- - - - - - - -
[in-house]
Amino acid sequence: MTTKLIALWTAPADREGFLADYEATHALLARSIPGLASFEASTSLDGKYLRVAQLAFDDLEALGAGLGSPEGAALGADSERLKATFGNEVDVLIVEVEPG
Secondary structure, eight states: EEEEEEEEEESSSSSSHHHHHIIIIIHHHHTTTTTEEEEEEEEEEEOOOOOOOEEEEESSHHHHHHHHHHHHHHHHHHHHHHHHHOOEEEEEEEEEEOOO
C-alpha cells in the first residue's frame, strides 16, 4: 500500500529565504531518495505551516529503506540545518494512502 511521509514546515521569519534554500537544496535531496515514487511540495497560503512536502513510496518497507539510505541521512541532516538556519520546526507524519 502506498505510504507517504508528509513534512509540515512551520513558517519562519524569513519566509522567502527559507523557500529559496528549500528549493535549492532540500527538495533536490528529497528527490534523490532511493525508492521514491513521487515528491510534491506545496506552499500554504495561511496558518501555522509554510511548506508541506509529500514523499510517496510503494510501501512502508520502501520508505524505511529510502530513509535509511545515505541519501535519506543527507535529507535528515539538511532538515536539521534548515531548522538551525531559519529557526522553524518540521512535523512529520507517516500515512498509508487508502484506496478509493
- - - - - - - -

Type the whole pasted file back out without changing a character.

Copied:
[in-house]
Amino acid sequence: MTTKLIALWTAPADREGFLADYEATHALLARSIPGLASFEASTSLDGKYLRVAQLAFDDLEALGAGLGSPEGAALGADSERLKATFGNEVDVLIVEVEPG
Secondary structure, eight states: EEEEEEEEEESSSSSSHHHHHIIIIIHHHHTTTTTEEEEEEEEEEEOOOOOOOEEEEESSHHHHHHHHHHHHHHHHHHHHHHHHHOOEEEEEEEEEEOOO
C-alpha cells in the first residue's frame, strides 16, 4: 500500500529565504531518495505551516529503506540545518494512502 511521509514546515521569519534554500537544496535531496515514487511540495497560503512536502513510496518497507539510505541521512541532516538556519520546526507524519 502506498505510504507517504508528509513534512509540515512551520513558517519562519524569513519566509522567502527559507523557500529559496528549500528549493535549492532540500527538495533536490528529497528527490534523490532511493525508492521514491513521487515528491510534491506545496506552499500554504495561511496558518501555522509554510511548506508541506509529500514523499510517496510503494510501501512502508520502501520508505524505511529510502530513509535509511545515505541519501535519506543527507535529507535528515539538511532538515536539521534548515531548522538551525531559519529557526522553524518540521512535523512529520507517516500515512498509508487508502484506496478509493